An exploration and investigation into the places we see. Drawing maps, building models, telling stories. Fall 2013.

What does an architect see when she walks down the street? What does a journalist listen for? How about a cartographer, or a historian? Within each of these disciplines lies certain ways of seeing the world -- ways of seeing that come naturally to children. Children are natural builders, seekers of treasure, detectives, and storytellers. They know that every place contains more than the eye can see, more than the ear can hear, and always a corner, a staircase, a story waiting to be explored.

Over the course of ten weeks, we’ll investigate and explore the hidden aspects of a landscape that we know well: the home of Kite’s Nest and its immediate surroundings. Together we’ll find the playful center of each of these fields of knowledge -- cartography, architecture, history, and journalism -- as we build our own layered understanding of our little corner of Hudson.


As cartographers we will measure and map our surroundings. We want to know the contours of our place, its heights and its landmarks, all of its smells and sounds and secret hide-and-seek corners. We’ll chart the terrain of Hudson’s old industries, and make a scavenger hunt of its remains.

As architects we’ll turn our maps and ideas into mini-objects, constructing a model of what we see. We will become popsicle-stick engineers and city-builders, diving into the detail of the buildings, trees, signs, and topographies that make up our neighborhood.


As historians we’ll uncover the histories of the buildings that surround us: the Basilica, the L&B Factory, the train tracks. We’ll imagine what used to be, and what could have been. What ghost stories exist in the walls of these old factories? And we’ll listen to today’s city as journalists: we’ll ask questions, conduct field notes, record interviews, tell and re-tell stories.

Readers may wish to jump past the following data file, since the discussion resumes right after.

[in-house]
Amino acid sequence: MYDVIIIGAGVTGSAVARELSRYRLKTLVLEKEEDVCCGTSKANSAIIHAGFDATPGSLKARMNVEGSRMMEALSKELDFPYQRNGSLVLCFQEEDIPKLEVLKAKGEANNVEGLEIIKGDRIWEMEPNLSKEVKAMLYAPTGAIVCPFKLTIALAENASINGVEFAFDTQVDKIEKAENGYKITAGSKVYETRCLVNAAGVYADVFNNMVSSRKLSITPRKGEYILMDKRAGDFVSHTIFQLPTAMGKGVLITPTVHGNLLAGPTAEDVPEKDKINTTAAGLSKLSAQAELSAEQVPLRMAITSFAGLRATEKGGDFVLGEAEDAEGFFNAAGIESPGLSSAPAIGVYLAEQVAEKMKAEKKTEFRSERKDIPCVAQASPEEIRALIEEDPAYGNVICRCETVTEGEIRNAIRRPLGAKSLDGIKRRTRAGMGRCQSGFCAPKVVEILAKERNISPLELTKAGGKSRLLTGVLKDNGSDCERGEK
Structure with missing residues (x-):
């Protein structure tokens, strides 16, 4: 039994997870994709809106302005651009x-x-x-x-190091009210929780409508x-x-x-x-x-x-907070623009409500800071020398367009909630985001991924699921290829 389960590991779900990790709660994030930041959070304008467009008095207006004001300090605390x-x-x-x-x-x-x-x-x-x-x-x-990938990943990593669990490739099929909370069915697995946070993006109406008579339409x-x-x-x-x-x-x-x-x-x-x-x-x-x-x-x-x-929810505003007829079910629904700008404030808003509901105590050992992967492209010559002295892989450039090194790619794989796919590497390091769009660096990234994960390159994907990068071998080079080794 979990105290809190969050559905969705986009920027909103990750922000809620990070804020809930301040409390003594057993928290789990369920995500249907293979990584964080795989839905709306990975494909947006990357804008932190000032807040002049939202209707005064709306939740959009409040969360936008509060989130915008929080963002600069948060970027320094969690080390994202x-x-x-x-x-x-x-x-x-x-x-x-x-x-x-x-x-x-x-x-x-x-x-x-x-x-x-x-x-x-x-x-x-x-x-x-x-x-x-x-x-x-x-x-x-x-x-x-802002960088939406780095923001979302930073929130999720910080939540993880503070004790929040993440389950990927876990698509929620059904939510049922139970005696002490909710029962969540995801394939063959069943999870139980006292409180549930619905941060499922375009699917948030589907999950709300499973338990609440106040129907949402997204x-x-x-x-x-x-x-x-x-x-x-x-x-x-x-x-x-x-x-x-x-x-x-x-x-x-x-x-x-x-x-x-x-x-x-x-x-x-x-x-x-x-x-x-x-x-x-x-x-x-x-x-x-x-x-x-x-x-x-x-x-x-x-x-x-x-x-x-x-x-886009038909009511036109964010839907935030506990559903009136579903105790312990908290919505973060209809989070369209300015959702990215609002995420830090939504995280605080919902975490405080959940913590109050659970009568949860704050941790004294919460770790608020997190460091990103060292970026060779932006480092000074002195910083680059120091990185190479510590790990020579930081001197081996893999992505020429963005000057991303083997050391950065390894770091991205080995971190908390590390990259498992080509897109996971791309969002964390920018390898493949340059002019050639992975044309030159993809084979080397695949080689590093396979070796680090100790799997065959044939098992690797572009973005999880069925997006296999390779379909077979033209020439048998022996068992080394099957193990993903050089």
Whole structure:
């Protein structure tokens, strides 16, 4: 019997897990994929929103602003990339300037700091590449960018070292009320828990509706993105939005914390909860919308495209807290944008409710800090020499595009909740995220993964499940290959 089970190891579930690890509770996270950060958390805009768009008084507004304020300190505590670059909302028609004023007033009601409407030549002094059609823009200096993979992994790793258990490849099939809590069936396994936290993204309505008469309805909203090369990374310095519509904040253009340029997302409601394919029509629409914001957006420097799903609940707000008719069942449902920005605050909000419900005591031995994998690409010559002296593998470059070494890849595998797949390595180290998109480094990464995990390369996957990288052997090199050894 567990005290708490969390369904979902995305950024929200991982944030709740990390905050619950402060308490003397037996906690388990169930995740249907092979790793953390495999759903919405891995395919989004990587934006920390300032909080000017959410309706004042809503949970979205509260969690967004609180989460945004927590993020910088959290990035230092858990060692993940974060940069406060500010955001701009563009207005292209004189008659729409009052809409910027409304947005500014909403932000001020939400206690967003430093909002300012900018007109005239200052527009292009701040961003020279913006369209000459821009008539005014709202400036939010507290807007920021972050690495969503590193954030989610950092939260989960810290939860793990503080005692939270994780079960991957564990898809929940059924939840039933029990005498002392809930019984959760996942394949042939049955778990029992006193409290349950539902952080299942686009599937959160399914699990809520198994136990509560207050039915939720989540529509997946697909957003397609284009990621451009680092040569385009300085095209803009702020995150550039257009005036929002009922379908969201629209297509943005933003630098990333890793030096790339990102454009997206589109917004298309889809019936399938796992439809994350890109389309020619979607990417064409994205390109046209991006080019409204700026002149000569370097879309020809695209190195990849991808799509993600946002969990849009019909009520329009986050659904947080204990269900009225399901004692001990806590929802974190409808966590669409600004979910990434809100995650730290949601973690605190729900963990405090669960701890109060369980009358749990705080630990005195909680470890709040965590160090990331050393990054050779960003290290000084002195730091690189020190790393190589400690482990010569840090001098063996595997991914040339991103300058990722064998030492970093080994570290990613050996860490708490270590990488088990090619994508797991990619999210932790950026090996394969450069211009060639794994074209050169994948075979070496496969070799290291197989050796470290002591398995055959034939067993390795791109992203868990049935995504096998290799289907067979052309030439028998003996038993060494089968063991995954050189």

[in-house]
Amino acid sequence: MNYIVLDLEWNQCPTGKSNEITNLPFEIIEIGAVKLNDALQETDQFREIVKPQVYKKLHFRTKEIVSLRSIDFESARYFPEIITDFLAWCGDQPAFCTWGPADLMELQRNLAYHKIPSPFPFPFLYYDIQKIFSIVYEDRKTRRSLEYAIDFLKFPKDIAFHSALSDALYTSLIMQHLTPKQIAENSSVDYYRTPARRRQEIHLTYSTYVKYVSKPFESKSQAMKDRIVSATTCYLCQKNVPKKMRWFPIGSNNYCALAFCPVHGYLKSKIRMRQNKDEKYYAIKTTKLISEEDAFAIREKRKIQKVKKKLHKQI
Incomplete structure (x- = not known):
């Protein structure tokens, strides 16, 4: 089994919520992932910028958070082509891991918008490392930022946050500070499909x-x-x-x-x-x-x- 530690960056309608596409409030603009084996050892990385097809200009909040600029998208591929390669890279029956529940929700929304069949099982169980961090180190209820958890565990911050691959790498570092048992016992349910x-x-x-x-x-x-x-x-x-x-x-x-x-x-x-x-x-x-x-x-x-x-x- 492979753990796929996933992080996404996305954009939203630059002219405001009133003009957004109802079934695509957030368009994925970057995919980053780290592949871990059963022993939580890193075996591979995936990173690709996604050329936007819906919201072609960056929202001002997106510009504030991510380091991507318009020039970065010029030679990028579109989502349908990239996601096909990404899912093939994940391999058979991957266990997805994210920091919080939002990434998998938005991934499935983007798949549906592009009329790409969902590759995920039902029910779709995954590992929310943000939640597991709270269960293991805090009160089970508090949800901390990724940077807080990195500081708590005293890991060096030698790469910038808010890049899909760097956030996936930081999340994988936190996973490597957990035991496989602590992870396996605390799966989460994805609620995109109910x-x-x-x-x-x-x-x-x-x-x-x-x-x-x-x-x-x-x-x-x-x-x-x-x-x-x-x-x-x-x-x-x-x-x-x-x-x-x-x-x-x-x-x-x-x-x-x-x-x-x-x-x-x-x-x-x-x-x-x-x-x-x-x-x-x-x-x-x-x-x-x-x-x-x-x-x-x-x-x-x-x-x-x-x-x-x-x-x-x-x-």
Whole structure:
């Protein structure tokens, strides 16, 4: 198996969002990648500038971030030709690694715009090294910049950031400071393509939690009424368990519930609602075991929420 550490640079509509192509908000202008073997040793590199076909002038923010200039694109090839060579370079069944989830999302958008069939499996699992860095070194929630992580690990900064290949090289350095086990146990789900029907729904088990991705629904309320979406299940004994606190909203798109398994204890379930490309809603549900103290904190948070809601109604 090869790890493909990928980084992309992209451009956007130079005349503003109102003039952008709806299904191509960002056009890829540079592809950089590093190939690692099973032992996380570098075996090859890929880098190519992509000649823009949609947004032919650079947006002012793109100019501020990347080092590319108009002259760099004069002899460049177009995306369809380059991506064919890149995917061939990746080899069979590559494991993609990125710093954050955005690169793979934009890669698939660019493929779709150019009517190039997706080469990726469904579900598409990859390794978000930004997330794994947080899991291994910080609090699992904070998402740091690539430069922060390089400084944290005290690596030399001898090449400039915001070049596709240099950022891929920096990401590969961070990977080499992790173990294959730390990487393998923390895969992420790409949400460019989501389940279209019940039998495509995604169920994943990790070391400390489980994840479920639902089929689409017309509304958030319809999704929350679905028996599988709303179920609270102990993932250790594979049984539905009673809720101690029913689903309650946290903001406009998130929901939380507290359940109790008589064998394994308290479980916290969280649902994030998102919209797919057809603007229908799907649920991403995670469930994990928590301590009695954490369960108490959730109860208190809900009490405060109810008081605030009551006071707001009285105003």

Our goal is to extend and deepen our perception of the urban environment, our sense of place, scale, and the connections between things around us -- and to play with the tools of different trades.

Each day we’ll engage with some of the cartographers, artists, architects, historians, and journalists who live and work nearby. And everyday, we’ll ask questions: How tall are these buildings? What stories have they seen? And how many cities can exist along a single street? (The answer: infinite!)

A workshop by Sara Kendall.

Sara brings to this workshop a long-time interest in urban development, and a passion for the ways young people can be participants and leaders in shaping the places they live. Over the past few years, Sara has spent most of her time investigating and exploring the city of Hudson as an oral historian and radio producer. Previously, she has worked under architect Teddy Cruz, researching and re-imagining urban development policies and architectural interventions along the US/Mexico border. She has run youth radio and journalism workshops at WGXC: Hands-on Radio, the Hudson Area Library, and at Kite’s Nest.